Numerous producers like to winter livestock on crop residues and pasture, however, snow and ice can make it tough for animals to paw through for a bite. Knowing how to deal with wintery conditions is basic for success.
Ben Beckman is an extension educator at the University of Nebraska. He says exactly how much difficulty they have relied on what the animals are grazing, and how the precipitation falls.
“From the grazing standpoint, you know if we have maybe some stockpiled pasture, like a windrow grazing situation where we’ve got some fluffy light hay where there’s a lot of air underneath that animals can kind of punch through, even if we have a substantial layer of snow or ice on top and get down into it, we can deal with quite a bit actually,” says Beckman.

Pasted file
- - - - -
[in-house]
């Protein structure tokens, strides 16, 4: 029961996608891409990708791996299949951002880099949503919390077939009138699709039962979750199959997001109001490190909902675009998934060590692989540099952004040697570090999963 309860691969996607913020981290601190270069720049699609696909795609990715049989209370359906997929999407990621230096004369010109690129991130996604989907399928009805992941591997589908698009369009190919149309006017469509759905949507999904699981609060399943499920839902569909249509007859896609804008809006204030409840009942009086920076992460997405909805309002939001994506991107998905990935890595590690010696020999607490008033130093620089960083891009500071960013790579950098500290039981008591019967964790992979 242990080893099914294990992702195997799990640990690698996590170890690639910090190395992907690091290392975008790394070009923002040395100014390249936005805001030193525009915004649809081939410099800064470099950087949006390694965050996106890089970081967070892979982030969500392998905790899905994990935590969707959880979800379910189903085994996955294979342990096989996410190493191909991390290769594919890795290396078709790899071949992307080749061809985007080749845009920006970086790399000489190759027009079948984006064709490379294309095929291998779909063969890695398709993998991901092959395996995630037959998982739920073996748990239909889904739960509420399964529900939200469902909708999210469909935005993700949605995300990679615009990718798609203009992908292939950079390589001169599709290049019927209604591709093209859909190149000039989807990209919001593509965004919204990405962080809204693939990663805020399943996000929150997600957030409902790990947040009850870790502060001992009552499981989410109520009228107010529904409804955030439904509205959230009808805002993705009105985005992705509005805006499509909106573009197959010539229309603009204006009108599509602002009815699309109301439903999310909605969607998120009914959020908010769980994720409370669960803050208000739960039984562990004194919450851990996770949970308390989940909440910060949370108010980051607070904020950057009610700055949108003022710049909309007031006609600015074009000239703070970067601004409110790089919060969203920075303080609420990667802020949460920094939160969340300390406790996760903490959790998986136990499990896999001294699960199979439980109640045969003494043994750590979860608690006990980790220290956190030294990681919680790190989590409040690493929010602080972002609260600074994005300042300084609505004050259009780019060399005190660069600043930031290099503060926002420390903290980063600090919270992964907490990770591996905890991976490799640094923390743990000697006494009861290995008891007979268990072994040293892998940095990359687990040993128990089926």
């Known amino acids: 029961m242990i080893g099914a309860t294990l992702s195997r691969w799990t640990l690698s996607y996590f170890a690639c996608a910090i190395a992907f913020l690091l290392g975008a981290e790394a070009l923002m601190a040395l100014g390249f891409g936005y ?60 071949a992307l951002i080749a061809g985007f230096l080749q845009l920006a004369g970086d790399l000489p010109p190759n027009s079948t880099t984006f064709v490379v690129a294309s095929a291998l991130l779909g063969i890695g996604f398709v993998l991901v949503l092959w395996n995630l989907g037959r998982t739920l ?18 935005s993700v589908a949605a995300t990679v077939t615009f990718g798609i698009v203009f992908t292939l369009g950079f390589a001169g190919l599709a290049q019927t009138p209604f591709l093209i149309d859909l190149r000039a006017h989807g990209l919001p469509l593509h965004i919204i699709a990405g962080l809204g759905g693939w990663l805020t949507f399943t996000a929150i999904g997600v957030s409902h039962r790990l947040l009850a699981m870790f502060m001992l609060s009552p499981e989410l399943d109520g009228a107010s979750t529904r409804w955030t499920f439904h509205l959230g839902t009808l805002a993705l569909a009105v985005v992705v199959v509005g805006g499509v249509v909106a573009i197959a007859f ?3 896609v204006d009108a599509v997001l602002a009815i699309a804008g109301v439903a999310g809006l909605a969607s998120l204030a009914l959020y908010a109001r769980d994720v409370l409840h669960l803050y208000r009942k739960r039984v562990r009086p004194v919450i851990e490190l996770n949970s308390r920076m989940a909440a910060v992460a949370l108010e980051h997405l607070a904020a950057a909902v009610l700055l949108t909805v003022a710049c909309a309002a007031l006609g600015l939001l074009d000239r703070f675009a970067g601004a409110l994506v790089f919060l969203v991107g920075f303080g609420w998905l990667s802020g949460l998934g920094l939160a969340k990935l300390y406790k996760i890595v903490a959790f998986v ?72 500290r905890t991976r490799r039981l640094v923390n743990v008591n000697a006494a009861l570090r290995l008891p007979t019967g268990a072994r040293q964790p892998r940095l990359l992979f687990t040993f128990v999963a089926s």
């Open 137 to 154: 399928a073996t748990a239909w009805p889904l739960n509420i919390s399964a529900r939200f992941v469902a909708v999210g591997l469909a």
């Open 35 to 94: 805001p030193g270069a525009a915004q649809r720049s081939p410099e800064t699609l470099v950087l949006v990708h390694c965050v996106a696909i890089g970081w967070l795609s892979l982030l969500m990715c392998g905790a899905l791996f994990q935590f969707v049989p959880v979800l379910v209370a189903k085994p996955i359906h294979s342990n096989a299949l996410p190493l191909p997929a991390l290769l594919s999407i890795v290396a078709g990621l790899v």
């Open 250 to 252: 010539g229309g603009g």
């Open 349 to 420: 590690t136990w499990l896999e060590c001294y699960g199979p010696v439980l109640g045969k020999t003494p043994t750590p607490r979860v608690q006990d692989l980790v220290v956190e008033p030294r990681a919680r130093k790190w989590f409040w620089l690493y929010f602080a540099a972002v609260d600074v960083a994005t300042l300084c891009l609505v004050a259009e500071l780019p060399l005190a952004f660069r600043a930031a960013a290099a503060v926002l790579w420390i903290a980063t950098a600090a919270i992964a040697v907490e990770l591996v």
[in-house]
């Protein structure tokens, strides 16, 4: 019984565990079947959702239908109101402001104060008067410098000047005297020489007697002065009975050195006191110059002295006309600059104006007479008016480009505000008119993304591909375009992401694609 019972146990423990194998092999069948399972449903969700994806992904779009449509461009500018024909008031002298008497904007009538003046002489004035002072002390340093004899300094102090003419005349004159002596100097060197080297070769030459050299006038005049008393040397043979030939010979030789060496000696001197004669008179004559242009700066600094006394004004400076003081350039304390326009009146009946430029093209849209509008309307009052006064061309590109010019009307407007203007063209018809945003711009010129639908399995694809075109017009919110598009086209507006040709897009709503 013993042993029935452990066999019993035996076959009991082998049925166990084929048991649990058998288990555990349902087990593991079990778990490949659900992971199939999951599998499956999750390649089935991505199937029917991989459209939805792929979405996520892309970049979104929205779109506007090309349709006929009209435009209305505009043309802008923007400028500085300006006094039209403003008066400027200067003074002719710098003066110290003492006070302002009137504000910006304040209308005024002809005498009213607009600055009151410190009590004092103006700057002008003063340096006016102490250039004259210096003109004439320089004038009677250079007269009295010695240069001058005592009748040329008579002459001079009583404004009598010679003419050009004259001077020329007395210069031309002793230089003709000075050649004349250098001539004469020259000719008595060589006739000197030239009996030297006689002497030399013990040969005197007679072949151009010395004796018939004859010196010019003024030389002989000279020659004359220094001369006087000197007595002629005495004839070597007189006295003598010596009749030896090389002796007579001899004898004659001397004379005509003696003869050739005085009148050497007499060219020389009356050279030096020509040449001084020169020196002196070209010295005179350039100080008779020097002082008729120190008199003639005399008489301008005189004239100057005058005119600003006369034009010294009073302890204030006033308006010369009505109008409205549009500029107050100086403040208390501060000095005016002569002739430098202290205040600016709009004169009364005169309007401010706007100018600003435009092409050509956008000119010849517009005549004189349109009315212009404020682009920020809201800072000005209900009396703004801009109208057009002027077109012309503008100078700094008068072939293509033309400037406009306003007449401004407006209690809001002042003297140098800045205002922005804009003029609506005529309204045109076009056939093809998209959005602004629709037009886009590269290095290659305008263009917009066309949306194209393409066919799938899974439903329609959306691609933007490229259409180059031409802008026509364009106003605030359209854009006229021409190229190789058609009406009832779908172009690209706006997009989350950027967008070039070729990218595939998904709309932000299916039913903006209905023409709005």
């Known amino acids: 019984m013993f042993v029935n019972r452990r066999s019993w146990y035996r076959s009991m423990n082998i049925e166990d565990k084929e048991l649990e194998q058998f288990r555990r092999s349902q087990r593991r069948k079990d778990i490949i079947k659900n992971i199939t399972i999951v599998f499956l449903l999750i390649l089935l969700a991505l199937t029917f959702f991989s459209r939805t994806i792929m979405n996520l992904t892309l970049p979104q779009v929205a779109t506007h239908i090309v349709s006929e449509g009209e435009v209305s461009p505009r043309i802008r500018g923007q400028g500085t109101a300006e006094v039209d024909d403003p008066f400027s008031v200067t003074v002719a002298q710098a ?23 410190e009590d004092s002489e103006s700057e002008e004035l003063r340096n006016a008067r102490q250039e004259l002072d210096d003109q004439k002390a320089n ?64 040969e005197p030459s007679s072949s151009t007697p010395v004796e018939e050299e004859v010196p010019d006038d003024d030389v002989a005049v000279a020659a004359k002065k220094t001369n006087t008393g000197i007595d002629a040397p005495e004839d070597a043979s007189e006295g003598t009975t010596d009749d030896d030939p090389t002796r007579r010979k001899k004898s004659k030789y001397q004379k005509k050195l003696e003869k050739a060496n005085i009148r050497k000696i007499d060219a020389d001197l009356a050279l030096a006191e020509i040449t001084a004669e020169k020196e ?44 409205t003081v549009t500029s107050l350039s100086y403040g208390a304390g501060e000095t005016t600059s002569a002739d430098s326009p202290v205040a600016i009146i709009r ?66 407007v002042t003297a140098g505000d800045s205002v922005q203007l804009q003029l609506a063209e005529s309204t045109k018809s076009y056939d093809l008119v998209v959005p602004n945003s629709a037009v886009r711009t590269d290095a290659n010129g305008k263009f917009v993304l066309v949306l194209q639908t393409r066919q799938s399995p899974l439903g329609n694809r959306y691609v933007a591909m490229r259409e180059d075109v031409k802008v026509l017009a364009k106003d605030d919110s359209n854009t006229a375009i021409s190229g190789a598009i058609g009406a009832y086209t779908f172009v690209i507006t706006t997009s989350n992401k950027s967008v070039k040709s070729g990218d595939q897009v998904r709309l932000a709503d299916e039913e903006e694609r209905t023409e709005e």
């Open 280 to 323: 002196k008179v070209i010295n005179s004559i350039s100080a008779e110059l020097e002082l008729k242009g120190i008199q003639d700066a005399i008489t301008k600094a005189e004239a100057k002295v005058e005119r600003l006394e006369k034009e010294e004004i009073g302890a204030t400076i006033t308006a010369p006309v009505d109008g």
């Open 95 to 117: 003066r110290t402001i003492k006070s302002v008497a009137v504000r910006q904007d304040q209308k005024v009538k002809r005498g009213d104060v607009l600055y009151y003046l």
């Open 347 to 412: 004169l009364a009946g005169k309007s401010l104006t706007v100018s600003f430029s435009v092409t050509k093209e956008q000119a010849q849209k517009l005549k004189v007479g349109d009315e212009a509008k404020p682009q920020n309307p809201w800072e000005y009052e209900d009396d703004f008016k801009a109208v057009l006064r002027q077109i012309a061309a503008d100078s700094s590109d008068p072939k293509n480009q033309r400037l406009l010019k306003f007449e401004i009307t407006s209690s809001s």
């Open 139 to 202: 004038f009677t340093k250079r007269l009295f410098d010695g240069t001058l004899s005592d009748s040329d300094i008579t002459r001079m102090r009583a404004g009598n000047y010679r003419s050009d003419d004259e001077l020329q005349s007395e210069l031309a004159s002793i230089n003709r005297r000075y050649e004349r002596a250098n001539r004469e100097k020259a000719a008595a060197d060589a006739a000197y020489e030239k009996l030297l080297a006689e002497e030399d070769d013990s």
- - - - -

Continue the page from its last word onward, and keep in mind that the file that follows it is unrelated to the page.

“That’s a lot different than if we’re grazing corn residue. Even a quarter-inch of ice or a little bit of snow really makes grazing in those situations difficult.”
He says in general, about six inches of snow or a quarter-inch of ice is where you’ll start to notice animals working a lot harder for a bite
“That’s going to be probably a little bit different for smaller ruminants just because they don’t have the weight and the oomph to break through as much. But that’s a really rough general guideline that I have,” he says.
“Once we go beyond that point, chances are that they might still be going out and grazing and getting some benefit, but they’re having to work a lot harder for it and so the energy that they’re expending at that point starts to make it a little bit more questionable and we’re probably going to have to be doing some supplementation.”
Beckman says to keep an eye on animal body condition and supplement with feed that will provide energy and protein.read more